Towsytyke Cairn Terriers, Australia


Welcome to Towsytyke Cairn Terriers





First time at a Dog Show, I’ll tell you quite plain,
I’ll never, no never go near one again.
The breeder said, “Show him!” when I bought my dog
I showed him alright, the whole place was agog.

They gave me a number, they gave me a pin
But I couldn’t bear to stick the thing in,
So I rushed to the shop and bought some super glue,
And I stuck the card onto his back – in the loo.

We arrived at the ringside to find we were first
In the puppy dog class (this part is the worst)
We marched in together as fast as was able,
Arrived at the judge who said “Up on the table.”

This really surprised me, my skirt was quite tight;
And I just couldn’t make it, try as hard as I might;
The judge looked quite worried, he said, “Listen here,
Put your DOG on the table, not you my dear.”

By now I was trembling, I felt such a fool’
But I said to myself – “play it cool – play it cool”
“How old?” said the judge, I heard it quite clear,
Well really, I thought and said, “Thirty next year.”

The steward, poor fellow, threw a kind of a fit,
He spluttered, he coughed, and his eyes ran a bit’
“I’d have that cough seen to,” I said to him when
He’d finally stopped….then he started again.

“Once round the ring dear, as fast as you can,”
Said the judge, so I did, I just ran and I ran;
But when I arrived (Out of breath, I admit)
The judge said,”your DOG dear,”I felt such a twit.

Off round once again, I kept my head bent
Oh, the shame, my pup crouched, he just went and went:
A lady came running with a bucket and spade.
With manure so pricey, has she got it made!

We came back to the judge who said with a frown
“Stand your dog,”I said, “Please sir, he’s not lying down.”
“You can take the first place stand.” He said- I said- Ta
What a job I had getting that stand in the car!!!!!!

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Heartworm, parvo, fleas and mange,
Ticks and worms and rabies,
Parasites, herpes, cuts and bits,
Haemophilia and scabies.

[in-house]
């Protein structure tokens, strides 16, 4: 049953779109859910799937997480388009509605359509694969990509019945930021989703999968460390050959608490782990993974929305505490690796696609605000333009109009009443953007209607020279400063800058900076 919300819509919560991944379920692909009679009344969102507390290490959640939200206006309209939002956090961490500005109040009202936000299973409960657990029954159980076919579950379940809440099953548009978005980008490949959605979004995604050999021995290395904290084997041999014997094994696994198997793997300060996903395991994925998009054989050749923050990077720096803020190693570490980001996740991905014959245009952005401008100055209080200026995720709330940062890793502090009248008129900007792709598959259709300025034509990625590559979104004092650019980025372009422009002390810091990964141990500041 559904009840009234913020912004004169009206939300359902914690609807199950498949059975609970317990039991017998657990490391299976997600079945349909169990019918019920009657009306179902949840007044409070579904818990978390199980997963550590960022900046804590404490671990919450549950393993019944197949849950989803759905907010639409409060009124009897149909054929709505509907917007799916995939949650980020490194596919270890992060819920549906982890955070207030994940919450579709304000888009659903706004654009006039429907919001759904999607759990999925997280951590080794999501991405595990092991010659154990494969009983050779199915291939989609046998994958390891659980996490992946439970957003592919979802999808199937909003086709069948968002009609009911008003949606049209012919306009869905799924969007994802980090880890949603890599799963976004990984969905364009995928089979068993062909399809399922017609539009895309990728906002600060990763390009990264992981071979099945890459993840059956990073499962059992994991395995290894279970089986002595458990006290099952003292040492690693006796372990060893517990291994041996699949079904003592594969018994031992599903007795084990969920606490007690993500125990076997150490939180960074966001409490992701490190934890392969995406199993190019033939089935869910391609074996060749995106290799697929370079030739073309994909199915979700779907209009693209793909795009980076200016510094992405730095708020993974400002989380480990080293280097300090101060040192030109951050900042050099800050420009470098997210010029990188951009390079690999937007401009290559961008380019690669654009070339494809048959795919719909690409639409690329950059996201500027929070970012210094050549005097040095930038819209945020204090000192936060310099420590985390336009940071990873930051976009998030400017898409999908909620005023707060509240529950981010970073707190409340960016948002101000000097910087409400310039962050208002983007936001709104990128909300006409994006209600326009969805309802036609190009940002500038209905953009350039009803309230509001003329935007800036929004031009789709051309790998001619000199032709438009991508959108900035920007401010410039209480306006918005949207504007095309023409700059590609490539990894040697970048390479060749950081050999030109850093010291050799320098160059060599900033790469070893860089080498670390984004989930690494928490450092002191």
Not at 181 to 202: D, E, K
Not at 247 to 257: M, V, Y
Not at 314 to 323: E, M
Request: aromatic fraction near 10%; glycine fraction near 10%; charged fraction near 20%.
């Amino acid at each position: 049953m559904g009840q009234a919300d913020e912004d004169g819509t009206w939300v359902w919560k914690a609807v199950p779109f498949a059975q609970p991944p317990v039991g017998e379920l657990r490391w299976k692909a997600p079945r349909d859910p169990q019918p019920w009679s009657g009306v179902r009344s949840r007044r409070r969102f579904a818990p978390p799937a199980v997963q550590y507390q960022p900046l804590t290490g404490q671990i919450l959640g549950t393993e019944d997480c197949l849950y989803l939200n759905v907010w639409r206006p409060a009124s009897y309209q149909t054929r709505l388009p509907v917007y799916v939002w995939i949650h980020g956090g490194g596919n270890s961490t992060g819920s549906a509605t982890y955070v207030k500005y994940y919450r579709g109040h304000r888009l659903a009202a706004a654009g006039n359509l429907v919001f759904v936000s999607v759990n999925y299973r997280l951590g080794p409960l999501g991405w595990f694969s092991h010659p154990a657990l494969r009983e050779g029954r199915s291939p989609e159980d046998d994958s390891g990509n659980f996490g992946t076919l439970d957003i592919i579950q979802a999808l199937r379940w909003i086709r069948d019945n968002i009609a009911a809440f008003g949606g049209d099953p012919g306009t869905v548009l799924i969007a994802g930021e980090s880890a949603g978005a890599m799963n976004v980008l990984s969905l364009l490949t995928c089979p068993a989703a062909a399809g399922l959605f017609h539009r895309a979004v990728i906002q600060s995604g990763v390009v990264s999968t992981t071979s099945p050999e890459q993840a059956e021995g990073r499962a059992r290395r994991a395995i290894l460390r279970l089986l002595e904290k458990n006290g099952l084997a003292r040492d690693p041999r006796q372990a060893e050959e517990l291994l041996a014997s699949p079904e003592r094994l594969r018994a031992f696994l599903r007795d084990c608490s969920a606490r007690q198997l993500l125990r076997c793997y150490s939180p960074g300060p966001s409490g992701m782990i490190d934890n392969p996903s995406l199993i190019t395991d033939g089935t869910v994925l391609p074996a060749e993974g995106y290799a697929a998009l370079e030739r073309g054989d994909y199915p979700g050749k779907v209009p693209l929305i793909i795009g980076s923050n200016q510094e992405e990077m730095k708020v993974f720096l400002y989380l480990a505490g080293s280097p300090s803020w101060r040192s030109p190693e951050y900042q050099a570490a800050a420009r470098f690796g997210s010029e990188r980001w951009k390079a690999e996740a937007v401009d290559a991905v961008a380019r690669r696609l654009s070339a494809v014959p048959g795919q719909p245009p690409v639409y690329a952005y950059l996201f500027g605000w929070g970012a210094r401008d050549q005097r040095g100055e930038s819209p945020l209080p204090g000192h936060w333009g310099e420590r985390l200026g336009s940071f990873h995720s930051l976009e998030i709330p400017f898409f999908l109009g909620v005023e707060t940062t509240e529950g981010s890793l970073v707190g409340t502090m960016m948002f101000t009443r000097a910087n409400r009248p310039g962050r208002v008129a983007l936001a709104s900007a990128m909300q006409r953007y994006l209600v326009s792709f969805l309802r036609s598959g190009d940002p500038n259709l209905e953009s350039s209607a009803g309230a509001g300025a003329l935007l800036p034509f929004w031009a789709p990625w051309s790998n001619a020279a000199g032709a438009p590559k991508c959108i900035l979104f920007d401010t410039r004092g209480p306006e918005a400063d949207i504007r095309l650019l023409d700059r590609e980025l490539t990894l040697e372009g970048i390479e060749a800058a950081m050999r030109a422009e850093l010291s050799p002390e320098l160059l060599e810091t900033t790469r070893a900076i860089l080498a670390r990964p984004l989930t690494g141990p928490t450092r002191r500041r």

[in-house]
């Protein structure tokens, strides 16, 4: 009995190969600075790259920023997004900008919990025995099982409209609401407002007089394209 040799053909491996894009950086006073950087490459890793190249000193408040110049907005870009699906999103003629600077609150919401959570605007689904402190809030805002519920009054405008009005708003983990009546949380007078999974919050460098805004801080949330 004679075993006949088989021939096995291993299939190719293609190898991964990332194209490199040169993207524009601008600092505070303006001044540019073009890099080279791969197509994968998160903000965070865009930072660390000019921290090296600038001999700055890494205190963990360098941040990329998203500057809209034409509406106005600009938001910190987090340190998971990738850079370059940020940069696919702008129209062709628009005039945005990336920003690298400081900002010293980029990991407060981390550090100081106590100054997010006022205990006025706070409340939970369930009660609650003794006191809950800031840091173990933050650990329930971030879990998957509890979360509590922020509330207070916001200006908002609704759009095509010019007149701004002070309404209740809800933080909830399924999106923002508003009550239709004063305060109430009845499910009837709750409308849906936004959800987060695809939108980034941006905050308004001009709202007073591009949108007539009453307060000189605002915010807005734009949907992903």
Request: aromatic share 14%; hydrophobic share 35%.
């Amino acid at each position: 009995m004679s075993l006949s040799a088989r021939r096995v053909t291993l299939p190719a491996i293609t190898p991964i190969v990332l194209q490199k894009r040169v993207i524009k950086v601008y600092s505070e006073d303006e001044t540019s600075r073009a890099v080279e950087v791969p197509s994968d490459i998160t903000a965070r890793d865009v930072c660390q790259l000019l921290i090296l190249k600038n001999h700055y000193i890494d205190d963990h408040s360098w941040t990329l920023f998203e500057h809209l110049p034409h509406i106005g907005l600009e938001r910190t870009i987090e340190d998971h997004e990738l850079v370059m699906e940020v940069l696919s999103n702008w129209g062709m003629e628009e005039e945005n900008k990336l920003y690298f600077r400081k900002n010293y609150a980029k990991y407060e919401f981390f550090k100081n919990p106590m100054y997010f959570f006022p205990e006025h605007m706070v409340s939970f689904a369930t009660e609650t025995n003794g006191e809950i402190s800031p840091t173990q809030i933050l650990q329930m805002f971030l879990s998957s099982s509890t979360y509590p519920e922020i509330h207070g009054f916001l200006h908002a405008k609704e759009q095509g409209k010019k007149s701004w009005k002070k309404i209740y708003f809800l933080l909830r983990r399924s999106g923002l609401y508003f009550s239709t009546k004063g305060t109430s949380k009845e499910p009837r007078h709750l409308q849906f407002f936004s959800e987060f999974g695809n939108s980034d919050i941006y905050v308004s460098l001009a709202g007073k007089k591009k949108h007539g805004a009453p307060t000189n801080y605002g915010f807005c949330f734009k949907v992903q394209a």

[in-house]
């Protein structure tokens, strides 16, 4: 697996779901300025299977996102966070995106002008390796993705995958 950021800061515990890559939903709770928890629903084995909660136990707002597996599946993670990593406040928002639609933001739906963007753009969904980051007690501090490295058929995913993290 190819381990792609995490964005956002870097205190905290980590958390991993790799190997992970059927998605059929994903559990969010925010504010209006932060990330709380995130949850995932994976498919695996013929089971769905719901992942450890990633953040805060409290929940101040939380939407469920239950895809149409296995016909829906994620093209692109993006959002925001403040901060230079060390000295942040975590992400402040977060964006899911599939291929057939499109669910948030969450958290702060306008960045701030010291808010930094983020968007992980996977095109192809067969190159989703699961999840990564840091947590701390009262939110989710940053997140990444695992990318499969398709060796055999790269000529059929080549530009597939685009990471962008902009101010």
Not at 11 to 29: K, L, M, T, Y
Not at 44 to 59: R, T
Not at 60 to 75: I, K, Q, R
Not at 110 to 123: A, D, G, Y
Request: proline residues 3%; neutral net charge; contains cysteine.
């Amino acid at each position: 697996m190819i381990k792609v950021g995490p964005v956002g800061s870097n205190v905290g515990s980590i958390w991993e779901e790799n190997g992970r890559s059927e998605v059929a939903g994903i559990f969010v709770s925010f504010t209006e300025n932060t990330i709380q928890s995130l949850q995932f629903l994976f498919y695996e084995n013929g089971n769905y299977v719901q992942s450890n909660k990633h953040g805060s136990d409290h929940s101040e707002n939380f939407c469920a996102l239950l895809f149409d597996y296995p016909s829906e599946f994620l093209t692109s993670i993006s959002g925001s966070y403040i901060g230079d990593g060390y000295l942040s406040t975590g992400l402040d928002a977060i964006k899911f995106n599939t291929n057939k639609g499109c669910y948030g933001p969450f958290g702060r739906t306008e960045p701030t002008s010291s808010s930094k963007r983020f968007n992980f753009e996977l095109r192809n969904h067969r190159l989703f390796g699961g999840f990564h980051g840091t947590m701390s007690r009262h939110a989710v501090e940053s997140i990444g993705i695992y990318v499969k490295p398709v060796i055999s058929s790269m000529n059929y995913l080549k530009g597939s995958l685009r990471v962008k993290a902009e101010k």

Broken bones, entropion,
Hypothyroid, kennel cough,
And gastroenteritis.

We raise our pups so carefully,
We watch for all these ills,
We dose them with the proper kinds
Of shots and salve and pills.

A fortune do we lavish on
This wonder dog – or prize
And what does he reward us with?
He’s either under or over size.

Your family has no holidays,
Your spouse gives up his boat,
The bucks are all spent on the dog,
Who just never grows a coat.

You brush and comb and socialise
But it’s the honest truth,
That all the time and all that care
Won’t hide the missing tooth.

There is not time left for your crew
To take the hoped-for trip,
You spend your days just working on,
The coat that he has just ripped.

The elbows go out, the topline sags,
The tail is too low or gay,
The angulation just isn’t there.
The pigment has turned grey.

Just try your best, give them the top
Vet care and food and water,
But it’s only by a stroke of luck
That they turn out like they oughta!

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Once upon a time there lived a charming “yuppie” in a penthouse, atop a skyscraper in the heart of Sydney. Although our “yuppie” had all the material things money could buy, such as a Club Sports Holden, an Omega watch, designer suits, and even a private box at the Opera, he found himself very lonely. He seemed to have plenty of friends, but when put to the test his so called “friends” failed him. All they seemed interested in was his worldly possessions and not in himself. After all he was just an ordinary, run of the mill type “yuppie.”

“Alas”, cried he, where can I find a true friend who will just love me for what I am. The waitress at the trendy coffee lounge heard his cries and after picking up the tip, gave him this advice.

“Go out and get yourself a dog – you silly ass, “ she advised.

So out he went and bought himself a dog – not just any dog – a standard poodle on which he lavished the best of everything.

But our “yuppie” friend had a thing about flowers, growing them, that is. And on the roof of his penthouse, on the skyscraper high above Sydney Harbour, he had this beautiful potted garden of flowers. He had them artfully arranged so that they hid the pure ugliness of the rooftop and the cornice around his penthouse. But to his dismay, his elegant poodle also had a penchant about flowers – But his thing was to lift his leg and water the flowers. This dreadful habit was the first rift that grew in the relationship of the yuppie and his dog.

When the bad news reached the ears of the helpful waitress, she again offered him invaluable advice.

“ Yuppie”, she said,” perhaps a course in Dog Obedience will be helpful in solving the problem”.